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Mental Health First Aid Course Report From CWU's NW Regional Youth Worker Officer

Held in London 10th and 11th April 2017

Pic: Elli LongYoung Worker's Branch Officer, Elli Long reports during Mental Health Awareness Week on the 'First Aid' course she attended on behalf of the Branch, last month:

As I am writing this I am currently on my way back from London were I have spent the last 2 days attending a mental health first aid course.

I was really excited before this course as it’s something different and I thought it would be really interesting but as it got closer it got me nervous…’mental health first aider’ what does this actually mean? Will people really be relying on me to spot signs of mental health within the workplace?.. But I don’t know anything about mental health?

On the first morning a group of 15 of us gathered in the Unite building in a boardroom, were Jo Thair introduced us to the course leader who works at a charity called ‘Mind’.

She handed out thick manuals and explained what subjects we would be looking at over the 2 days. They included;

* Anxiety
* Panic attacks
* Depression
* Suicide
* OCD
* Eating disorders
* Psychosis

When I saw these I thought jeeezeee.. talk about and learn how to deal with someone who feels suicidal? How will I ever be able to do that?

The tutor told us to be honest and open and don’t be afraid to ask questions no matter how silly they seem.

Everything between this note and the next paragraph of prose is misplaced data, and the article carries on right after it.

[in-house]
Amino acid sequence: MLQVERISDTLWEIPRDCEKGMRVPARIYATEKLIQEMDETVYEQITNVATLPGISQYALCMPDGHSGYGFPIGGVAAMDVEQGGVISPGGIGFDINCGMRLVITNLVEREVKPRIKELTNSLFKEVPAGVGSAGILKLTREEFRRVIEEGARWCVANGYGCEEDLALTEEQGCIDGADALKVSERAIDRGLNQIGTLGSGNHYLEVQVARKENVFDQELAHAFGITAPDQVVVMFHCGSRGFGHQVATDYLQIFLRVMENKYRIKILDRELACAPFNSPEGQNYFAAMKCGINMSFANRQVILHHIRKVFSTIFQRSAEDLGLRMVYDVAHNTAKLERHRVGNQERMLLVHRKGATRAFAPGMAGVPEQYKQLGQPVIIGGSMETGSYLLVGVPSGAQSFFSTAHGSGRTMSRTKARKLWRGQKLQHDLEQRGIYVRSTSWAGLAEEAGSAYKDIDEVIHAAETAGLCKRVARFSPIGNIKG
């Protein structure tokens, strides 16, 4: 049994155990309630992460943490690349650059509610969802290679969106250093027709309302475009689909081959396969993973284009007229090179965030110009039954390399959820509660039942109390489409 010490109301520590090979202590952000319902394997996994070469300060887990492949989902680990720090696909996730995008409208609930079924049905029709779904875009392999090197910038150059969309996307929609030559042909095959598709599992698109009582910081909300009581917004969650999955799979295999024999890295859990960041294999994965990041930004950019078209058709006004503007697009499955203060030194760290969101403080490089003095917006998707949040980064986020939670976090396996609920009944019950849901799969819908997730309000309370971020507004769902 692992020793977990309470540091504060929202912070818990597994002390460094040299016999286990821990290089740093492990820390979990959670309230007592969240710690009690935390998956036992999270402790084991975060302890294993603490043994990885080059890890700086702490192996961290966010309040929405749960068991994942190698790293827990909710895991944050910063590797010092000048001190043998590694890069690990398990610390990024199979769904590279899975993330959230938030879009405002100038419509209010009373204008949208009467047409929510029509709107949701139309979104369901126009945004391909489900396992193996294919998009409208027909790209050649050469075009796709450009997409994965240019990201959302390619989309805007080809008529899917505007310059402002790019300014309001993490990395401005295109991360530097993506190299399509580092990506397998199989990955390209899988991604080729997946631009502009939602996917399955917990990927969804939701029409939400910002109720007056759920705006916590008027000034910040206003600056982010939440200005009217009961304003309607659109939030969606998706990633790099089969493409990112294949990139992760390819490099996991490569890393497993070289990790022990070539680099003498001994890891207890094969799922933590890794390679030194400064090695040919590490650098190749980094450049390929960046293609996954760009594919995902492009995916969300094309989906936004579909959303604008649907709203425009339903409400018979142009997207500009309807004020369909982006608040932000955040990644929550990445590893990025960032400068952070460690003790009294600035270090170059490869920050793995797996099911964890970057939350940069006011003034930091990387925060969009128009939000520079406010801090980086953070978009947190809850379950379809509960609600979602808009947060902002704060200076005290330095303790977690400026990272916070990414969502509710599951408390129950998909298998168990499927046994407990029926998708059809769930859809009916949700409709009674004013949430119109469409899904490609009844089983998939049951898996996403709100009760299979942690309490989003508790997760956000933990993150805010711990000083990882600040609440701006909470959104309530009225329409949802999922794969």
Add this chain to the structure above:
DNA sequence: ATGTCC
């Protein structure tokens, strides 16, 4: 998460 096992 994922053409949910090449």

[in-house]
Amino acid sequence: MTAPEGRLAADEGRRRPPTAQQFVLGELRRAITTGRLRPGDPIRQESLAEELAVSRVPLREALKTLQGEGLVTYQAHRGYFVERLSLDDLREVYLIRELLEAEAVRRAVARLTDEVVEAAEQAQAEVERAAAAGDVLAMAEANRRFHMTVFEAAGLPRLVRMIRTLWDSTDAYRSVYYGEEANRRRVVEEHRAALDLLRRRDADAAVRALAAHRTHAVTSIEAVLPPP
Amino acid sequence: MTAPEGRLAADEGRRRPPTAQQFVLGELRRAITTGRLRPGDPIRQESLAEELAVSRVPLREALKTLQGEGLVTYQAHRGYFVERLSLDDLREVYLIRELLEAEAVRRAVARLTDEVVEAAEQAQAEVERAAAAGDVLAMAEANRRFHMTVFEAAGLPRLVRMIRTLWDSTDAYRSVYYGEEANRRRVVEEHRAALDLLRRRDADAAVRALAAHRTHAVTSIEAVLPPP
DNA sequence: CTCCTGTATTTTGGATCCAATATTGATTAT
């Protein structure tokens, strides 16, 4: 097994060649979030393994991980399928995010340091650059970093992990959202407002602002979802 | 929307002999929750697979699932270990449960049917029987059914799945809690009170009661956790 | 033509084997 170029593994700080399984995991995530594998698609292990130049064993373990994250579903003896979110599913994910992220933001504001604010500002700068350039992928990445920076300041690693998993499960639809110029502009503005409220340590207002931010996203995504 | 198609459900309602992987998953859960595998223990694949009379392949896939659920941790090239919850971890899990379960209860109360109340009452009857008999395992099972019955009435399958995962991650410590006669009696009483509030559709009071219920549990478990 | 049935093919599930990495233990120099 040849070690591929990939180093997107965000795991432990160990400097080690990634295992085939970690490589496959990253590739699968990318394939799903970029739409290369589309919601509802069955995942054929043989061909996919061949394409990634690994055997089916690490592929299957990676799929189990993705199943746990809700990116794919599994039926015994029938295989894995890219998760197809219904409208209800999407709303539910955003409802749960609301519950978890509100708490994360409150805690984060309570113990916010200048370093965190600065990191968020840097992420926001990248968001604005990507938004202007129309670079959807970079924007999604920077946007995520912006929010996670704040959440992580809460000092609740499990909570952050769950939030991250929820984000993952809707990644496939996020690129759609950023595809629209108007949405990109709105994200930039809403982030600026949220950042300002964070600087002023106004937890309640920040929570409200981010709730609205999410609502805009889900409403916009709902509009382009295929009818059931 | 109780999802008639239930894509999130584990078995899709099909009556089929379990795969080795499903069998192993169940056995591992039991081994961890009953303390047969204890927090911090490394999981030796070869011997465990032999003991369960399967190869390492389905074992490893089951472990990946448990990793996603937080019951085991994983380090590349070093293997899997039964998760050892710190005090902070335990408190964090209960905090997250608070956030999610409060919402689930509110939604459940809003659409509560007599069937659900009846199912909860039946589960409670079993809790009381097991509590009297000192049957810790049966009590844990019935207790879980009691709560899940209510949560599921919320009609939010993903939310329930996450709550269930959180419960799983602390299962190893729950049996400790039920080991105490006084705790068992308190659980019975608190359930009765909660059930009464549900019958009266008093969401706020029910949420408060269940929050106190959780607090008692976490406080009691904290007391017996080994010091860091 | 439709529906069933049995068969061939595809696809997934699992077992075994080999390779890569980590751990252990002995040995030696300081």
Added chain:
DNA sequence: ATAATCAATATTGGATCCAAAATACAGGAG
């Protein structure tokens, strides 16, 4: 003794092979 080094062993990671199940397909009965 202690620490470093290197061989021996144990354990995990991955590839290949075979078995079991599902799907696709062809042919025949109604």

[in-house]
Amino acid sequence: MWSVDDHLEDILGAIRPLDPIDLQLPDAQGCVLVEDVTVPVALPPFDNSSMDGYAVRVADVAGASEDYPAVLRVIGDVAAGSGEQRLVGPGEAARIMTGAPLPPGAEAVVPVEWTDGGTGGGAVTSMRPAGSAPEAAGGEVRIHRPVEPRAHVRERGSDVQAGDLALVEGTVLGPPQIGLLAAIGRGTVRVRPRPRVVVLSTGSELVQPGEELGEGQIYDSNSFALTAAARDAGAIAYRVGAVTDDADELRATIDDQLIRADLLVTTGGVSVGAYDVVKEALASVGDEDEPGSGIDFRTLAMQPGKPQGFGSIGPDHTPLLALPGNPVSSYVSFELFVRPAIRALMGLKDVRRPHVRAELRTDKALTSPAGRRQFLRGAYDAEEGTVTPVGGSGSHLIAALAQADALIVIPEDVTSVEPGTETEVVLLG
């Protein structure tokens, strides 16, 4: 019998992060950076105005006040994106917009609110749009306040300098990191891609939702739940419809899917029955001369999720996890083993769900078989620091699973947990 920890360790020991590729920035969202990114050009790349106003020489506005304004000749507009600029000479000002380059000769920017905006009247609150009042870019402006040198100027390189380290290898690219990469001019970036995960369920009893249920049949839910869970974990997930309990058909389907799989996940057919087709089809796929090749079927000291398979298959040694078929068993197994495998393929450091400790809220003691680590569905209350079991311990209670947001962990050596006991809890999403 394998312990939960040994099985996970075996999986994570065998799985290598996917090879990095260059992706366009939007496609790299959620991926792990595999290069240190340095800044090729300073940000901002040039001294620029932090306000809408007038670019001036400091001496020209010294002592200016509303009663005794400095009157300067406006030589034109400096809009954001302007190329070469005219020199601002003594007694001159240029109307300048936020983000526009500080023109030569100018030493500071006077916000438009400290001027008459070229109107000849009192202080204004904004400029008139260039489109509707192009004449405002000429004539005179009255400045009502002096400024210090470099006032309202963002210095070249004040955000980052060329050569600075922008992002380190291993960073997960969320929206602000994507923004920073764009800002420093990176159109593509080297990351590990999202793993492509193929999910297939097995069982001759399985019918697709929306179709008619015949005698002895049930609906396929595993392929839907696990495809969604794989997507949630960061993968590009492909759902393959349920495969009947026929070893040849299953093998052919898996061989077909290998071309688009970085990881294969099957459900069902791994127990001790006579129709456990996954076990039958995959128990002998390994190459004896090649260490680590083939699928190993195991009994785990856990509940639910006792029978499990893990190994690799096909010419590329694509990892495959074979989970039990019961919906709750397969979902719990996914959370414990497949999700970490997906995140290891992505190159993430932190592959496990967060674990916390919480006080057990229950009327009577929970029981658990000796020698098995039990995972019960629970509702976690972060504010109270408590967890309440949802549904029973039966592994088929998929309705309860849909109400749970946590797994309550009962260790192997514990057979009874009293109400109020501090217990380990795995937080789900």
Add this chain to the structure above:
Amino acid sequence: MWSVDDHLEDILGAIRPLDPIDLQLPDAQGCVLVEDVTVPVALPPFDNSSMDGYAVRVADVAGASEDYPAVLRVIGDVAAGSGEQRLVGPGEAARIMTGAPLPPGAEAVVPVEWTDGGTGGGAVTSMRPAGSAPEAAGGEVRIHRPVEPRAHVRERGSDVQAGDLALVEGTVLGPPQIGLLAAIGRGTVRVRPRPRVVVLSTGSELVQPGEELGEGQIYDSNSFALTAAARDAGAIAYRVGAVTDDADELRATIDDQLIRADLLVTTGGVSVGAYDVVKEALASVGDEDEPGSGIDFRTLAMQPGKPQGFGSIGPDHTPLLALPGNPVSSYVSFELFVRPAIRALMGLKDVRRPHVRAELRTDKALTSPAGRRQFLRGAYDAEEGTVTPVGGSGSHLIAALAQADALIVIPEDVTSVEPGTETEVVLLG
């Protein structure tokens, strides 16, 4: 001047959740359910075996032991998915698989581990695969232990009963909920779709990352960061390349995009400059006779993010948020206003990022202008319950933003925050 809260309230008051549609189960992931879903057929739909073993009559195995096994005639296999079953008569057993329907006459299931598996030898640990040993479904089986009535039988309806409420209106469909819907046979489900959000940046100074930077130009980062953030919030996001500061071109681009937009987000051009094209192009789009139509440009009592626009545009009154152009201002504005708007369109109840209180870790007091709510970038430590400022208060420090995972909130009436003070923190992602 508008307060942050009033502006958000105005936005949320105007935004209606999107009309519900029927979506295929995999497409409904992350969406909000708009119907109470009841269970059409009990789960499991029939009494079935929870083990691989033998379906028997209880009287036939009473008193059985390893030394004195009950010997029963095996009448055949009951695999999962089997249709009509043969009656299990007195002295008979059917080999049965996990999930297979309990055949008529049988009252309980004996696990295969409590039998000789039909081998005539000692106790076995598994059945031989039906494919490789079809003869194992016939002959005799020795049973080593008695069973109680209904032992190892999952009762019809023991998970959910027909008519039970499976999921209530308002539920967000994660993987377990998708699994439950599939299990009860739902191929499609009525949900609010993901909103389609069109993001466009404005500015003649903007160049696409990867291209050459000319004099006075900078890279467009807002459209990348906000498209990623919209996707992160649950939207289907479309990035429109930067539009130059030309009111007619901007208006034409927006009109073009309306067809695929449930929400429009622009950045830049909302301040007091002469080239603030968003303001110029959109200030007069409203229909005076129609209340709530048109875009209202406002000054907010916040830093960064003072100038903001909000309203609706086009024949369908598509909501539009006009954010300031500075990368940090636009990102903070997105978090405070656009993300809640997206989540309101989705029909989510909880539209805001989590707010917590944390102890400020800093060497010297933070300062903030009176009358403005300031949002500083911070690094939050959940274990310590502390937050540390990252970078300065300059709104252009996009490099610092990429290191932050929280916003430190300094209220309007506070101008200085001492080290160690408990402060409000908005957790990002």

What I was struggling with was that I have never experienced any mental illness other than a period of panic attacks so how will I be able to understand what someone is going through and guide and help them?

Well, the tutor taught us we will never understand what someone else is going through and we shouldn’t pretend we do, you just need to make them aware you are with them all the way and can point them in the right direction for help and will be with them on the journey.

An important thing I learnt was how to approach someone who you believe may be showing symptoms of a mental health illness.

It’s important not to scare them but also to be honest and try and get them to have a chat with you on how they are feeling and open up, it’s good to ask open questions so then this way the person can answer how they like and will lead on to telling you more about how they are feeling. The steps you or these people take afterwards would depend on the severity of what they tell you.

The course really opened my eyes on mental health issues. It is so common and more needs to be done. I found the statistics really scary.. 1 in 4 people will get a mental health illness in their lifetime.

Pic: 1 in 4 people

I am currently working on a PowerPoint presentation to put things I learnt together as I believe a lot more people especially in the workplace should be made more aware about mental health and how common it is.

I would like to thank the CWU and Jo Thair for organising such a fantastic course and giving a lot of young members the chance to go on a course like this.

Thank you to my branch CWU Greater Mersey Amal for sorting out my accommodation and travel and also thank you to Parcelforce for allowing me time off to attend this course.

You can now download Elli's Powerpoint presentation here



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